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Manuel Barrueco Works Wonders with Old Favorites

March 14, 2016

San Francisco Performances

 

The Cuban guitarist Manuel Barrueco is the quintessential classical artist probing the masterpieces of the past for new insights. He has spent the better part of his 40-odd-year career  probing the masterpieces of the past for new insights, as he did, masterfully on Sunday in a recital at Herbst Theater for San Francisco Performances and the Omni Foundation for the Performing Arts.

The substantial program was devoted to Baroque and Classical music, as well as works long associated with the 20th-century Spanish virtuoso Andres Segovia. Particularly remarkable was a powerful and moving performance of Johann Sebastian Bach’s monumental Chaconne.

Recently some scholars have come to believe Bach wrote the the Chaconne in response to the death of his first wife, Maria Barbara. Barrueco, who has been playing this music since he was 12 years old, returned to the piece and made this arrangement after the death of his parents. The longest individual movement Bach wrote for a solo instrument (the original is for the violin), the Chaconne portrays the entire gamut of human experience from profound contemplation to perfect serenity and from anguished sorrow to exuberant joy.

Segovia gave the first performance of the Chaconne arranged for the guitar in a 1935 Paris recital. He added bass notes and thickened textures to take advantage of the guitar’s natural resources in a manner similar to his great contemporary Ferruccio Busoni in his famous arrangement of the Chaconne for piano. Most contemporary guitarists take a very different approach and perform only the notes Bach wrote for violin but the result is often criticized as lacking resonance and character. There is now a burgeoning interest in the Busoni/Segovia tradition of creative arrangement and Barrueco comes down firmly on this side of the debate. While his choices and performance provide maximum clarity and avoid the muddy textures that many feel mar Segovia’s performance, they also provide the power that comes from idiomatic textures and allow his understated yet very personal and moving interpretation to emerge.

Barrueco set the stage for the Chaconne by opening with Sylvius Leopold Weiss’ Suite in D minor, a collection of dances similar in style to the Bach Cello Suites. Barrueco was always sensitive to the rhythm and affect of the Baroque dances. His counterpoint was a model of clarity, his melodic ornamentation was elegant, and his tone pure and expressive.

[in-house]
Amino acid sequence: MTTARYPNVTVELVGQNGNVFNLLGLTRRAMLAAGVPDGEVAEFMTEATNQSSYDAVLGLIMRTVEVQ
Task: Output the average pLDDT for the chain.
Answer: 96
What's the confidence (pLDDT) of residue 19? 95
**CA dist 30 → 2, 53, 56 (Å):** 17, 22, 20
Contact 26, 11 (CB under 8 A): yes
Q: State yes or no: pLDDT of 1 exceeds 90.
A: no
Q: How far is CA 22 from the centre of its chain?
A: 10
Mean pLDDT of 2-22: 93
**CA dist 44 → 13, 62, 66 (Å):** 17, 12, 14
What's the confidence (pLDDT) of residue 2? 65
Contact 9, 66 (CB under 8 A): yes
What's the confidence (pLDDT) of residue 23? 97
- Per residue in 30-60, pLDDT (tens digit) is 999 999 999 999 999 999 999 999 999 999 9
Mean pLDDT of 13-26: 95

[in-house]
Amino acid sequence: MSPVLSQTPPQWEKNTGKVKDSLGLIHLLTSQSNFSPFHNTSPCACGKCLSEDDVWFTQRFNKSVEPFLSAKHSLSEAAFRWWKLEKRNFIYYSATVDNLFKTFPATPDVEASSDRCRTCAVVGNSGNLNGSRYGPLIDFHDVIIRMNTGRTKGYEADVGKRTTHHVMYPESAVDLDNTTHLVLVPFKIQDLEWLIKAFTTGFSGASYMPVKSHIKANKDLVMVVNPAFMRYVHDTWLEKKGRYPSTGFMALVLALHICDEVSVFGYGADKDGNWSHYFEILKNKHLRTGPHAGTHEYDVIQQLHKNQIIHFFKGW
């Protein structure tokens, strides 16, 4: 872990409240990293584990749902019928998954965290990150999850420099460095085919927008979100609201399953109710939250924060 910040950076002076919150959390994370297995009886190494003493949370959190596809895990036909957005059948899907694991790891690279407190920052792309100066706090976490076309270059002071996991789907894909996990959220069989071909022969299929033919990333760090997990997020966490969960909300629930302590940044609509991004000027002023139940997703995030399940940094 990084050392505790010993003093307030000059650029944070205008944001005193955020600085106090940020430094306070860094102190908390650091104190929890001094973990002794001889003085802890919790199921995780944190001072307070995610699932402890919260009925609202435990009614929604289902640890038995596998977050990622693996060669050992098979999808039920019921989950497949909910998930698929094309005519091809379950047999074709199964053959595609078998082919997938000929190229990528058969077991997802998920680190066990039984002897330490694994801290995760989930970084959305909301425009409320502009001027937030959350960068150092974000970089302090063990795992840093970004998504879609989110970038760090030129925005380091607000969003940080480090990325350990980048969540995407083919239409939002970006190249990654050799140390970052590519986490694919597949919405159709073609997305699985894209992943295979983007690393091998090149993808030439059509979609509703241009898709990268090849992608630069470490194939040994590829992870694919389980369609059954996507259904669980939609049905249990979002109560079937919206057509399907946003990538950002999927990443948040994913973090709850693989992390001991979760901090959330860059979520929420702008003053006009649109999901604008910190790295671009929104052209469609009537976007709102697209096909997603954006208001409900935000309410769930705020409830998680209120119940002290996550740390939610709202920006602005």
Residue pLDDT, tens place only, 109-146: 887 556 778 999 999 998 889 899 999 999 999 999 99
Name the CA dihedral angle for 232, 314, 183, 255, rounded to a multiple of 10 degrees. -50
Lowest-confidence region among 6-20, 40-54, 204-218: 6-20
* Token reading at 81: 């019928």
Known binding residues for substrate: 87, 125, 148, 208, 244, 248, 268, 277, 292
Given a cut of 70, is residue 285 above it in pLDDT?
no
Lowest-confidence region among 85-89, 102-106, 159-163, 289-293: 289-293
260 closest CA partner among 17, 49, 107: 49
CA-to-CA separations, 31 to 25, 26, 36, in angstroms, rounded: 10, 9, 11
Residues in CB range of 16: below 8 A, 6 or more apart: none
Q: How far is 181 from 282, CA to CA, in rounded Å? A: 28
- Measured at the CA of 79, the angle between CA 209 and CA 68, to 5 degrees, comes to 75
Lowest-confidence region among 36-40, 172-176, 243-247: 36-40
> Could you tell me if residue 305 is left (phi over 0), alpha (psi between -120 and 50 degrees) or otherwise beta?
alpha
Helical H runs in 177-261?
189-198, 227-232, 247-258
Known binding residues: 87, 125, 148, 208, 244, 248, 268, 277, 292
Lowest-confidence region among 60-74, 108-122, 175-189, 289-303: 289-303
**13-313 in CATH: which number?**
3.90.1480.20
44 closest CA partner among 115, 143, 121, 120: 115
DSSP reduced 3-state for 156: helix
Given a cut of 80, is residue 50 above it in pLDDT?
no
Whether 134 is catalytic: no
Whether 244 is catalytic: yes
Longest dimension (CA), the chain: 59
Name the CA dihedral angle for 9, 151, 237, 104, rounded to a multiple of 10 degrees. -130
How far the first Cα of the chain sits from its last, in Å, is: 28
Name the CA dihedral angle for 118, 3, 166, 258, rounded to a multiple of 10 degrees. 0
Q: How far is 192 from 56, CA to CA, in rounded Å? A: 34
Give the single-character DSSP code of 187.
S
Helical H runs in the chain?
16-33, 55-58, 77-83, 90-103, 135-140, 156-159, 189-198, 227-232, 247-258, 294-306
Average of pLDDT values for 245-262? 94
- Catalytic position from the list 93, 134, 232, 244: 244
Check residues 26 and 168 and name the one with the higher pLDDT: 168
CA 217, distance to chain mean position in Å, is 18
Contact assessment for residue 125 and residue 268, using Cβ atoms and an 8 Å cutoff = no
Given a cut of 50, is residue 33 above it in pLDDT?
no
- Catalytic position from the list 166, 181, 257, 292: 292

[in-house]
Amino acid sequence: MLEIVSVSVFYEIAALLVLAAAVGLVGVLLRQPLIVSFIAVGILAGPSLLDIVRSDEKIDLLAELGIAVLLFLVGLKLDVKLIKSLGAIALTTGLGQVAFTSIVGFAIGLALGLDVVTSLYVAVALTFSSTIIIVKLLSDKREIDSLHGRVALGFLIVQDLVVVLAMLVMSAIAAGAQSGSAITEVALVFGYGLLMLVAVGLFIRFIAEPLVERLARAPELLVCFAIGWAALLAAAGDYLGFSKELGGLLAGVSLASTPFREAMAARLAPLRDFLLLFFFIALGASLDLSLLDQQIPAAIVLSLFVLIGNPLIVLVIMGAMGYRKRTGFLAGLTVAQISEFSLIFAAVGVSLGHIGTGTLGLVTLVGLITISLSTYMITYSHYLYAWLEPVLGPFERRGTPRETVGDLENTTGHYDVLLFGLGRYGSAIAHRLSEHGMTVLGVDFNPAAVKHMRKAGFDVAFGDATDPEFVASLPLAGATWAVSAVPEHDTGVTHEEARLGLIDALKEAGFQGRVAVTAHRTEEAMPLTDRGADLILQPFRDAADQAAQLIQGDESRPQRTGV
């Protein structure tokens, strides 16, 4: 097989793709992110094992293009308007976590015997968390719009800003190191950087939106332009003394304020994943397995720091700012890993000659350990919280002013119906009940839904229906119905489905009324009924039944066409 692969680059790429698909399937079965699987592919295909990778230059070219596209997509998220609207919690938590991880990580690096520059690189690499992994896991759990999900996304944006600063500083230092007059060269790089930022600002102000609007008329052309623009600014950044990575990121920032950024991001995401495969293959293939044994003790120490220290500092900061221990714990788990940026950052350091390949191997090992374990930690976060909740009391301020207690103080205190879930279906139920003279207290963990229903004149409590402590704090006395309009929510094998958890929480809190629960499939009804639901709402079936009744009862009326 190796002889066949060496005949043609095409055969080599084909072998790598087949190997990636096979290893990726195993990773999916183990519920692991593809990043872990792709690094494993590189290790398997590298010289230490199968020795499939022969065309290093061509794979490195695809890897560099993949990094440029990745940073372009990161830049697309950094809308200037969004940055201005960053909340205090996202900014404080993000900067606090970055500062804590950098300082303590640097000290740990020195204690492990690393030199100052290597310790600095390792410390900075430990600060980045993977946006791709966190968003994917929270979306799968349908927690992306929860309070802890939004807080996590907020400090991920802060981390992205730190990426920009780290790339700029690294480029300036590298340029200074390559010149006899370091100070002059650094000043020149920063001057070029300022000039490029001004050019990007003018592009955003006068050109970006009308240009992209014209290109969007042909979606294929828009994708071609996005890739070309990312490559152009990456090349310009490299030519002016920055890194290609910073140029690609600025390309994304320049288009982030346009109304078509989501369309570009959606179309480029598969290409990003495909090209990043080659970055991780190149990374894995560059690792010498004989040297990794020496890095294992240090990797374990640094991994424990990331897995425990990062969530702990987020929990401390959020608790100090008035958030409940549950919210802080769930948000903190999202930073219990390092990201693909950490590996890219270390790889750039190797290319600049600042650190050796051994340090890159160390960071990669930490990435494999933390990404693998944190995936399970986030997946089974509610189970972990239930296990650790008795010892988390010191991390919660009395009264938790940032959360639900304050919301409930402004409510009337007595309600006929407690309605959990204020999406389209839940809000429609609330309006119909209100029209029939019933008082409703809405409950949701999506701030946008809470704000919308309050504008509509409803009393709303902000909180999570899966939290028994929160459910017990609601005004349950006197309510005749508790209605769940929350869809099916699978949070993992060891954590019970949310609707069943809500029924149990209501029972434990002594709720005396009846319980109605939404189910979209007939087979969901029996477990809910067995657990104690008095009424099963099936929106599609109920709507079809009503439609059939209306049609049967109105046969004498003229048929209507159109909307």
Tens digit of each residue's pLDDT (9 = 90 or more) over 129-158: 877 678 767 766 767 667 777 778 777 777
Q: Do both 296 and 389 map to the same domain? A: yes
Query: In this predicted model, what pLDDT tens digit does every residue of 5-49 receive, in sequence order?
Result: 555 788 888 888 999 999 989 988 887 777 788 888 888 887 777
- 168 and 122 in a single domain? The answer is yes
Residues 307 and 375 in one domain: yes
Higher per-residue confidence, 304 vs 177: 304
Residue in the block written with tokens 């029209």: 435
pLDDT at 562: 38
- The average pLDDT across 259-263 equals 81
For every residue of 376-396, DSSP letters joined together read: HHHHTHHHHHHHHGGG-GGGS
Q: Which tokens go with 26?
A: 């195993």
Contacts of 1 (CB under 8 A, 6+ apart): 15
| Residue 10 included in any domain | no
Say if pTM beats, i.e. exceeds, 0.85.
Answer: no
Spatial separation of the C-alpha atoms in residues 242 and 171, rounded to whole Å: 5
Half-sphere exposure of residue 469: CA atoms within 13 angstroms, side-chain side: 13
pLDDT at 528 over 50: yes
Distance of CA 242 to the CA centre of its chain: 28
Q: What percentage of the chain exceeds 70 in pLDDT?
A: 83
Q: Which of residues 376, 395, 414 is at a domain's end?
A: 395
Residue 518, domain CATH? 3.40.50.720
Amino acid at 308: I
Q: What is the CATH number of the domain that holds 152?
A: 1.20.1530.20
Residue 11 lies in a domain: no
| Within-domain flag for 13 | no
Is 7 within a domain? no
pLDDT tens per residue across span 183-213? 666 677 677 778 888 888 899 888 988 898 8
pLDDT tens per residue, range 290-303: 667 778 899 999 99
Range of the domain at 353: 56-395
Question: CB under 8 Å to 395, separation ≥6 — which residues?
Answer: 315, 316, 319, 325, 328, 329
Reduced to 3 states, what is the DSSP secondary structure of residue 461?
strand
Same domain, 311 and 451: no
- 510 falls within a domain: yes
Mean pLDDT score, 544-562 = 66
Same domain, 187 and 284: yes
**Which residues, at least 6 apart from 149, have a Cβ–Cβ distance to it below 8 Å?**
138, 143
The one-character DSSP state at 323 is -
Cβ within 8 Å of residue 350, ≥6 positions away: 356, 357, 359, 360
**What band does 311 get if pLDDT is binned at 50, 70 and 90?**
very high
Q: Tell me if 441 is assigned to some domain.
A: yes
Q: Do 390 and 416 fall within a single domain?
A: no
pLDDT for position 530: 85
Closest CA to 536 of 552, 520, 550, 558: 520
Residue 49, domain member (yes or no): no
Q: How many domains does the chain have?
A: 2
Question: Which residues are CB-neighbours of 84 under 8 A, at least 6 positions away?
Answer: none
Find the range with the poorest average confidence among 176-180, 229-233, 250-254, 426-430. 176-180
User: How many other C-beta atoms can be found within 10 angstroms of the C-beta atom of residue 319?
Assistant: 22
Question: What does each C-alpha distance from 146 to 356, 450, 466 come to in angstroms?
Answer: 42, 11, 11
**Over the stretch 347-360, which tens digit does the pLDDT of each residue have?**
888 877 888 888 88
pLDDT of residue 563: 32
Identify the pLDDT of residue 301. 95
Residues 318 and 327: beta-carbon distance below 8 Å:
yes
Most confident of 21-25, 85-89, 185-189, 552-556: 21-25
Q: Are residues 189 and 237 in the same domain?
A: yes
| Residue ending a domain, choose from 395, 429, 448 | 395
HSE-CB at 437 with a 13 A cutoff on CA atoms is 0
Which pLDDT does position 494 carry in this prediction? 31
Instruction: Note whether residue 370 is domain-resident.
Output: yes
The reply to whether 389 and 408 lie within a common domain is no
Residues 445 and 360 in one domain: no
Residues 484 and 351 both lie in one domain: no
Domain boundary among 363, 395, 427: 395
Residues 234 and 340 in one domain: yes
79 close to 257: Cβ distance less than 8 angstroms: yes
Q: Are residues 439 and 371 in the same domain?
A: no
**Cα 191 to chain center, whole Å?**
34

Fernando Sor’s Variations on a Theme of Mozart, Op. 9 is based on a song from his contemporary’s Magic Flute, sung by the bird catcher Papageno as he plays his magic bells to charm wild beasts. Barrueco evoked an orchestral palette in the introduction, and perfectly characterized the playful, delicate aria and five memorable variations with rhythmic sensitivity.

Federico Moreno Torroba and Joaquín Turina were the first established composers to answer Andrés Segovia’s call for a modern guitar repertoire. Torroba’s Suite Castellana, which is named after the old Spanish kingdom that ruled medieval Spain, is in three movements.. In Barrueco’s hands, the Fandango was dramatic and mysterious; Arada, with harmonies influenced by Debussy, was gently expressive; and the Danza provided a boisterous finale. Turina’s Fandanguillo, Soleares, and Rafaga paint a very personal and impressionistic portrait of Spanish flamenco music. Segovia’s much imitated interpretations make a great deal out of the folkloric roots of the music. Barrueco took a very different approach emphasizing Turina’s love of impressionism and a reflective attitude toward flamenco with an intimate interpretation, which included the softest and most expressive strummed rasgueado chords, I have ever heard.

Isaac Albéniz’s Suite Española is made up of pieces, written for piano over a period of many years, which depict the different musical styles of Spain. In Sunday’s recital, two movements, Cataluña and Sevilla, were given breathtakingly virtuosic and stylish readings and were joined by Mallorca, a heartbreaking serenade. The enthusiastic audience was treated to an encore performance of the heartfelt Scherzino Mexicano by the Mexican composer Manuel Ponce.

 

Scott Cmiel is Chair of the guitar and musicianship departments at the San Francisco Conservatory of Music Preparatory Division and Director of the guitar program at San Francisco School of the Arts.